The BCCI confirms the former England coach as the replacement for Gary Kirsten, who led the country to World Cup glory earlier this month.
India appoint Duncan Fletcher as new coach
The former England head coach was handed a two-year deal after he was confirmed as the choice of the Board of Control for Cricket in India to replace Gary Kirsten.
Fletcher is said to have benefited from a recommendation from the previous incumbent, Kirsten, who capped a highly-successful three year spell at the helm with World Cup victory in Mumbai at the start of this month.
The former South African opener was a protege of Fletcher’s while still at university in Cape Town, then later in first-class cricket.
In his most recent column in the UK’s Guardian newspaper, ahead of the World Cup final, Fletcher made a detailed assessment of what it takes to coach in India.
“I thought he would make a good coach, even if the India job was a hell of a one to take on when he had so little experience,” he wrote of Kirsten.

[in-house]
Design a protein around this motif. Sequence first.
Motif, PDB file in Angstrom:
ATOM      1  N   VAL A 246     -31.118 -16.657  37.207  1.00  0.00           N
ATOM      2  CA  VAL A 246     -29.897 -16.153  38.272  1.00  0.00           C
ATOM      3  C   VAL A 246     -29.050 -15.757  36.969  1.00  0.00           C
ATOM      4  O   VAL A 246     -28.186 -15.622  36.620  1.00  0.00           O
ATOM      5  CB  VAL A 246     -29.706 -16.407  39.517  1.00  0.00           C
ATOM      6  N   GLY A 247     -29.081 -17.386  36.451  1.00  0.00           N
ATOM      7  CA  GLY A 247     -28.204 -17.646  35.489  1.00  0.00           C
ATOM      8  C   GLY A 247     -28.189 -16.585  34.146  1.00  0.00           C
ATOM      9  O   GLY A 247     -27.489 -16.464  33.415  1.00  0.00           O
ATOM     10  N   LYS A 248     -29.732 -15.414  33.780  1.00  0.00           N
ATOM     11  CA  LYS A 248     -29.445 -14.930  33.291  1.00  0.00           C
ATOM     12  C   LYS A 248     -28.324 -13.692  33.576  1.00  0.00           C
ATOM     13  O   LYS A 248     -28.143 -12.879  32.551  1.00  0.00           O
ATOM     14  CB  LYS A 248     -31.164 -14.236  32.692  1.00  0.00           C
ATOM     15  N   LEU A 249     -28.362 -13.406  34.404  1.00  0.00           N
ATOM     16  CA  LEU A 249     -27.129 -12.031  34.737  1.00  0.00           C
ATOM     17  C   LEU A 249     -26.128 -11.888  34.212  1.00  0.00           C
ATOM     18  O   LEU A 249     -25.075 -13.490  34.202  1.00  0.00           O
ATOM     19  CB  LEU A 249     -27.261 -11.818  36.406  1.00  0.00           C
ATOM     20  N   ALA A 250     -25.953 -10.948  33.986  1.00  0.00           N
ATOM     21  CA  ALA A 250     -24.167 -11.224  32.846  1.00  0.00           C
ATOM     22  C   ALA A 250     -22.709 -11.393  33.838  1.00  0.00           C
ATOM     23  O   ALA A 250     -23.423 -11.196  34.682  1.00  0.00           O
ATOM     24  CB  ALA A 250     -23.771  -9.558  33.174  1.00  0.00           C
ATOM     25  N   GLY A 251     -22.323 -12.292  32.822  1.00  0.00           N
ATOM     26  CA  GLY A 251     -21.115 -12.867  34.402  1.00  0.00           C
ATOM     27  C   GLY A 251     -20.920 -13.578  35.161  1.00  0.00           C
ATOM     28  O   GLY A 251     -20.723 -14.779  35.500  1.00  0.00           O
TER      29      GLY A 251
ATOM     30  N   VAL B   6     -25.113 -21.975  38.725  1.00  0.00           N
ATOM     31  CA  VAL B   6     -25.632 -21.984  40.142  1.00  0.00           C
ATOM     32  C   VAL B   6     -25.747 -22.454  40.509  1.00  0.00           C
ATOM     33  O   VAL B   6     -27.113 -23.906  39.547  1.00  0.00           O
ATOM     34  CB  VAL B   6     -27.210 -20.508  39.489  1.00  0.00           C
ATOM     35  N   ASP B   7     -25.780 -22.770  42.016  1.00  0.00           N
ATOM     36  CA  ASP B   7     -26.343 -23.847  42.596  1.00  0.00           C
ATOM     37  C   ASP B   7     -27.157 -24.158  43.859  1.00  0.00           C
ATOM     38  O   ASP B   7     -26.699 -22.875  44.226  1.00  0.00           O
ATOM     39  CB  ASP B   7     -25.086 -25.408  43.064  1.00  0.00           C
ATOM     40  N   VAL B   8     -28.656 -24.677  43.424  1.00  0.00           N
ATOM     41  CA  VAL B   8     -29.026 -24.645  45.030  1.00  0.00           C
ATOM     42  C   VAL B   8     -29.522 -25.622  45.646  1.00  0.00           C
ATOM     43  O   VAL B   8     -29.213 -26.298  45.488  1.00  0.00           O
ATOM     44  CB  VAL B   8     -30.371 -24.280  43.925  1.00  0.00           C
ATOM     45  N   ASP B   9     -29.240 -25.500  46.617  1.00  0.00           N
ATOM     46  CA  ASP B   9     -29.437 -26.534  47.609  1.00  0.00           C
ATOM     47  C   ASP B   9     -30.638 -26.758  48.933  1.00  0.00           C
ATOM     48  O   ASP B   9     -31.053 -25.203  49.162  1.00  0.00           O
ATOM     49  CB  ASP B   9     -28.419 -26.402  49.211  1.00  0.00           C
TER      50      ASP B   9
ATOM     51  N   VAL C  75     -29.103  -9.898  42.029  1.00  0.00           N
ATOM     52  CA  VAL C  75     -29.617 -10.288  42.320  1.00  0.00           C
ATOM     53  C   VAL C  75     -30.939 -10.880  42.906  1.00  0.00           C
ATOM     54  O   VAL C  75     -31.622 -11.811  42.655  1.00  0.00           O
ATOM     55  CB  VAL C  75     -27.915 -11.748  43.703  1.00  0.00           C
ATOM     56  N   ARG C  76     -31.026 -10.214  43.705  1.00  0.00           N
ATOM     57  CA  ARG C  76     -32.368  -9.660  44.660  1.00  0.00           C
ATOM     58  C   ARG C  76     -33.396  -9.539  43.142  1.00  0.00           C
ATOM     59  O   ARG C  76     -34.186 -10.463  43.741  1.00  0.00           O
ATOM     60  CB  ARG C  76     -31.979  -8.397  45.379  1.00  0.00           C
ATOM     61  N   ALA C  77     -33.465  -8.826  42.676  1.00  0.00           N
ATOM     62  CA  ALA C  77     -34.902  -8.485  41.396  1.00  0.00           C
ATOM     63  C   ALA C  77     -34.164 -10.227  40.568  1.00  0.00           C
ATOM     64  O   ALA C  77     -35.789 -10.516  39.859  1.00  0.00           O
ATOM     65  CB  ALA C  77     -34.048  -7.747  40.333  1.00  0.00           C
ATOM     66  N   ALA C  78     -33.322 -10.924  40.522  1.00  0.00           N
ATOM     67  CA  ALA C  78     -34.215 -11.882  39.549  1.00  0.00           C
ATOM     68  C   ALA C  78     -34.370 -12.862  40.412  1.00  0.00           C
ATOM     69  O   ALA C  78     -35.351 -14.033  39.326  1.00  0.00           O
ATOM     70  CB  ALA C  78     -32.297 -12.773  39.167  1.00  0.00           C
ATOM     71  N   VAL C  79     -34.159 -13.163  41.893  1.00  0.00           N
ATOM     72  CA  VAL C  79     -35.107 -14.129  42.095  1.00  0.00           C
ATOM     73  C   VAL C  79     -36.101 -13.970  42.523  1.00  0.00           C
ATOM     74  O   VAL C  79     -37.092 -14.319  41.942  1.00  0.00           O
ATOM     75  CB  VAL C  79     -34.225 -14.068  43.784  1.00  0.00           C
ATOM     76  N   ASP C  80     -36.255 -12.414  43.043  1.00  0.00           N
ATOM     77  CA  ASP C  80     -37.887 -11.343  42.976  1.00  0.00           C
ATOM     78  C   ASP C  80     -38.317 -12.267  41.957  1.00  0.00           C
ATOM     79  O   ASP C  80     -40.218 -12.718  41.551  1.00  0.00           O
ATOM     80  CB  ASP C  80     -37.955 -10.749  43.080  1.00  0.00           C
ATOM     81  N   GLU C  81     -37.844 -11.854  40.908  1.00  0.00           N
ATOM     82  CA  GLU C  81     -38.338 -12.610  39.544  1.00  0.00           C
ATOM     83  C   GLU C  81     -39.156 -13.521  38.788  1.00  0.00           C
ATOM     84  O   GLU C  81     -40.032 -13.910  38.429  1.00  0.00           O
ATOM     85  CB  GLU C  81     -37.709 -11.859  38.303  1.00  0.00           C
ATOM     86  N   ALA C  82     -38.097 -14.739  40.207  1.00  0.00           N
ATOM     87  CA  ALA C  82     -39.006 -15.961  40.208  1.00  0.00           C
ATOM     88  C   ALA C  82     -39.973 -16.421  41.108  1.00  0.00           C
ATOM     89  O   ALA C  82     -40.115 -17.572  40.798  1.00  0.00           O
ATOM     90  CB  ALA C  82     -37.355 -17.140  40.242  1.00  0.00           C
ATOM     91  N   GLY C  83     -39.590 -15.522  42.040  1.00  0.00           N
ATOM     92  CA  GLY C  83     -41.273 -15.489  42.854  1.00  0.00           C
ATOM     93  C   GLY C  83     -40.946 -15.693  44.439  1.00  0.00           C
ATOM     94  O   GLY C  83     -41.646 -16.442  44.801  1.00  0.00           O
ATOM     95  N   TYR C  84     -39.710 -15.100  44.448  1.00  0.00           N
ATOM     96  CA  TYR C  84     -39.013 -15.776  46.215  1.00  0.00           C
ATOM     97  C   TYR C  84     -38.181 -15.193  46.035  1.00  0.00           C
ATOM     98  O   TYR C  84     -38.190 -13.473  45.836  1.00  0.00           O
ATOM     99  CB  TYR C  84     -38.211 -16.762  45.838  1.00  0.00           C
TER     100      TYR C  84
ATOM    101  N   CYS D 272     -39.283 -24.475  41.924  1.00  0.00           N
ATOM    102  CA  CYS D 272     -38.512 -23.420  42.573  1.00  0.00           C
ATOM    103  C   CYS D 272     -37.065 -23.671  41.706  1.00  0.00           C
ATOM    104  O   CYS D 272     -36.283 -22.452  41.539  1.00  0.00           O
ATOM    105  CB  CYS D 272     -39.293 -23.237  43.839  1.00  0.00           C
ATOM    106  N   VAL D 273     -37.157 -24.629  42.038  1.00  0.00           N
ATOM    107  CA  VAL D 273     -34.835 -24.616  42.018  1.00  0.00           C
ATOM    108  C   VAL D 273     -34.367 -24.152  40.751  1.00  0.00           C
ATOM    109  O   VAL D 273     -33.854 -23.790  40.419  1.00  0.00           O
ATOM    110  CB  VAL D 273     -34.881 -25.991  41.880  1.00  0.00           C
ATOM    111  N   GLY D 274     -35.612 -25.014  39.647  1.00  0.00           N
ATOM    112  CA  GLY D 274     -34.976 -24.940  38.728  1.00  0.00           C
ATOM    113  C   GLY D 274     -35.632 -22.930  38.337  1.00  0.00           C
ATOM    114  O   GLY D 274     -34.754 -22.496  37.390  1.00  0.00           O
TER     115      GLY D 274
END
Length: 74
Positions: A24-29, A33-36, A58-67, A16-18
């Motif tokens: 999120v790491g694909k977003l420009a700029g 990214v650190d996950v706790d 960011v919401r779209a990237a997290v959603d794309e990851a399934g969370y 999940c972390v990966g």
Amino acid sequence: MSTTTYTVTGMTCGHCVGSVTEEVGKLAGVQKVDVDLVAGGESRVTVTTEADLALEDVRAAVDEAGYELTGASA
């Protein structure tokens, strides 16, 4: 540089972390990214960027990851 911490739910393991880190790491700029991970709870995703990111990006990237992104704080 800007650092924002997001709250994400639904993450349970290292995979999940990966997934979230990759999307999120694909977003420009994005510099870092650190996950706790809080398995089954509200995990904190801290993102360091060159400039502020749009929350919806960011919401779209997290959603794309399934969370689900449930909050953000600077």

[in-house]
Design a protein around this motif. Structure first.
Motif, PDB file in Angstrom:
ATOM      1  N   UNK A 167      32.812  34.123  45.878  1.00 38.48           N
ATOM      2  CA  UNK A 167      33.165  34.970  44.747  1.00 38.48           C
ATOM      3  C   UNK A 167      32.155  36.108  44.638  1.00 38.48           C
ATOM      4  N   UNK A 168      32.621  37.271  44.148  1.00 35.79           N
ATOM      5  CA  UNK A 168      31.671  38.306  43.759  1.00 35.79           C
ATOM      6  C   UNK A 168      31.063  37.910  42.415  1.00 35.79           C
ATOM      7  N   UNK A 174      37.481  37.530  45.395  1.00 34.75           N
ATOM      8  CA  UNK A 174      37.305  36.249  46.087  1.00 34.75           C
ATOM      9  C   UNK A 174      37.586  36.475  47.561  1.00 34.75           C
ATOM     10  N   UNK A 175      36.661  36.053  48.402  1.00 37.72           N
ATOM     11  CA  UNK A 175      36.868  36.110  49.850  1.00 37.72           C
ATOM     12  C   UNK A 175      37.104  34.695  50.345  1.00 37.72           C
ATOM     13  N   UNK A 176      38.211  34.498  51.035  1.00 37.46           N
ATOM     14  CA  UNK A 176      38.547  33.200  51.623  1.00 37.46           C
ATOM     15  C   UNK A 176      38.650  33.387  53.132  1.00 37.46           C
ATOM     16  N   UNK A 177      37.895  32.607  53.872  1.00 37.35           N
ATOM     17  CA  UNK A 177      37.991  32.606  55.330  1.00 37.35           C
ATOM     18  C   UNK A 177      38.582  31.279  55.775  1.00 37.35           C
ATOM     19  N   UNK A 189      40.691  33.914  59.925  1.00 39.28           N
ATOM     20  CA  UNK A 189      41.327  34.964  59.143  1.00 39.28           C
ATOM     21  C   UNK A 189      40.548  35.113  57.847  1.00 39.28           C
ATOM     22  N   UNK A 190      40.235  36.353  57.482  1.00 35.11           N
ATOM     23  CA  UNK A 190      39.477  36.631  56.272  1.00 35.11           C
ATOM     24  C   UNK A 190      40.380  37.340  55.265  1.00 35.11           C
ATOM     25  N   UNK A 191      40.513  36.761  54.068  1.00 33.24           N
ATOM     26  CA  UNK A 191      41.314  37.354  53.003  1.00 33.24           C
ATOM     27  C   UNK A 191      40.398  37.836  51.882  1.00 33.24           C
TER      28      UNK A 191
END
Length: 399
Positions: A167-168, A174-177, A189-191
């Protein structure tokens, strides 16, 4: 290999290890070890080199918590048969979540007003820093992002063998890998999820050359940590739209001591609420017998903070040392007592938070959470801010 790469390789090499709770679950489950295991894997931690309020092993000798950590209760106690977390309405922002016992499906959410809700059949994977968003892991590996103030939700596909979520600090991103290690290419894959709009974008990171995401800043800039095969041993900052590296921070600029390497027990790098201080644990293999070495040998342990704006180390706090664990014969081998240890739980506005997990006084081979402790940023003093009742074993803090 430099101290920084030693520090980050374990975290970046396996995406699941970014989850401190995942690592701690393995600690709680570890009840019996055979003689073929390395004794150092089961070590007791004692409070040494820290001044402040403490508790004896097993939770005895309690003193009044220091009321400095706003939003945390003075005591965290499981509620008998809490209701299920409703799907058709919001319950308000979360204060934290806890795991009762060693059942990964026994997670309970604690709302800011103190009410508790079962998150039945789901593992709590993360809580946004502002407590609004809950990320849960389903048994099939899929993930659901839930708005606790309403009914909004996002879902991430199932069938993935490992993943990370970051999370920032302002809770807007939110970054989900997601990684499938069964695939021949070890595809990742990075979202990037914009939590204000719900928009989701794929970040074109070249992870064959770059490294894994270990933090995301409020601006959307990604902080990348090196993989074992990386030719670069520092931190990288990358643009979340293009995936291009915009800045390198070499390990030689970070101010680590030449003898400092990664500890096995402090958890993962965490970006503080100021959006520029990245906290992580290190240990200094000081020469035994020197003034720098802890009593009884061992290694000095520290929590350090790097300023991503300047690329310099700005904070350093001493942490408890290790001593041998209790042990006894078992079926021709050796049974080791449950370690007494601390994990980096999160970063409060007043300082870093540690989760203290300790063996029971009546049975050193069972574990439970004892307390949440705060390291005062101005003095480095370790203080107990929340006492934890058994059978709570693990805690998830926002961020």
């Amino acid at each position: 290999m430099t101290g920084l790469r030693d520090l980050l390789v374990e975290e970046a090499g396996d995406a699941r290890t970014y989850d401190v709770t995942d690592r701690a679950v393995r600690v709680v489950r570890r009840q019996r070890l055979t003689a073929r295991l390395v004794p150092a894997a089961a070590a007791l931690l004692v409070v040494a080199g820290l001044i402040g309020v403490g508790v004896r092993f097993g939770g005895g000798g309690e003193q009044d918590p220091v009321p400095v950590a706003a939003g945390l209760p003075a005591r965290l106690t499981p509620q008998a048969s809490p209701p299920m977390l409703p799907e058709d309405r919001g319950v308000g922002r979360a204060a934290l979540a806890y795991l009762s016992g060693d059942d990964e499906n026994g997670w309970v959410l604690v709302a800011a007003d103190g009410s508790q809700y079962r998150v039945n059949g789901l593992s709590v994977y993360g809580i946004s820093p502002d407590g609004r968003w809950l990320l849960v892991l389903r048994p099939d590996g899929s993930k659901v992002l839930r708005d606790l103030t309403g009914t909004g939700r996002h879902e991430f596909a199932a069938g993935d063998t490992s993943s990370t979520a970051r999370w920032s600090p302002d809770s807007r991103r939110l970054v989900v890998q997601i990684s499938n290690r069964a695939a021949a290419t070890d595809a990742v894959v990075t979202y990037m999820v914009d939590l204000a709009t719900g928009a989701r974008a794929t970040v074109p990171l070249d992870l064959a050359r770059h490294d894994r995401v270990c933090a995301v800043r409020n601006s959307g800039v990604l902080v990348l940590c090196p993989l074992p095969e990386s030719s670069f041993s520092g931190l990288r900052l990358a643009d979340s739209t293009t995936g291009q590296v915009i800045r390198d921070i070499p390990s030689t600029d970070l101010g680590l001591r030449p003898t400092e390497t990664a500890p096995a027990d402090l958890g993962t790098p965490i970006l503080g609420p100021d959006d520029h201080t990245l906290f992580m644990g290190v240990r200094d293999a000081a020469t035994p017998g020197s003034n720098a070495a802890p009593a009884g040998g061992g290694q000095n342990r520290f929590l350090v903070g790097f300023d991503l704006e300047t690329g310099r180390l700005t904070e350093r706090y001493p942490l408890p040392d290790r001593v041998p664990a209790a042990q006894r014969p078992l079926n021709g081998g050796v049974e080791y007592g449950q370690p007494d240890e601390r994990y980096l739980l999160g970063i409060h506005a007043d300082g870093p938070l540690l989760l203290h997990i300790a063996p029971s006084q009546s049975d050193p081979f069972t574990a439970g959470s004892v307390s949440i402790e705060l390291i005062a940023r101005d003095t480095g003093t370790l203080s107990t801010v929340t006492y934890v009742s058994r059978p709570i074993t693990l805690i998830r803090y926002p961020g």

If experience is a prerequisite of coaching India, it is something Fletcher has plenty of. After enjoying success with a relatively unfashionable county side, Glamorgan, he was made England’s head coach in 1999.
In his eight-year spell at the helm, he enjoyed some triumphs on the field, most notably when England won back the Ashes for the first time in 18 years in 2005.
However, he endured a terse relationship with the media in the UK, and many have questioned his ability to cope with a voracious press following in India.
“Duncan will work well with all the talent,” Michael Vaughan, who captained England during that 2005 success, wrote on Twitter.
“His biggest challenge will come from the media. He has never really understood how it works.”
However, Fletcher’s abilities on the training field have been widely lauded. “He knows his cricket inside out and I think he will do a very good job,” Geoff Miller, the England selector, told Sky Sports.
His main rivals for the position had been Stephen Fleming, the former New Zealand captain, and Andy Flower, the England team director.
The England and Wales Cricket Board moved to secure the services of Flower, Fletcher’s Zimbabwean compatriot, by offering him a new three-year deal last week.
Eric Simons, the bowling coach, will reprise the relationship he had with Fletcher when they were in harness together at Western Province, after having his stay in India extended yesterday.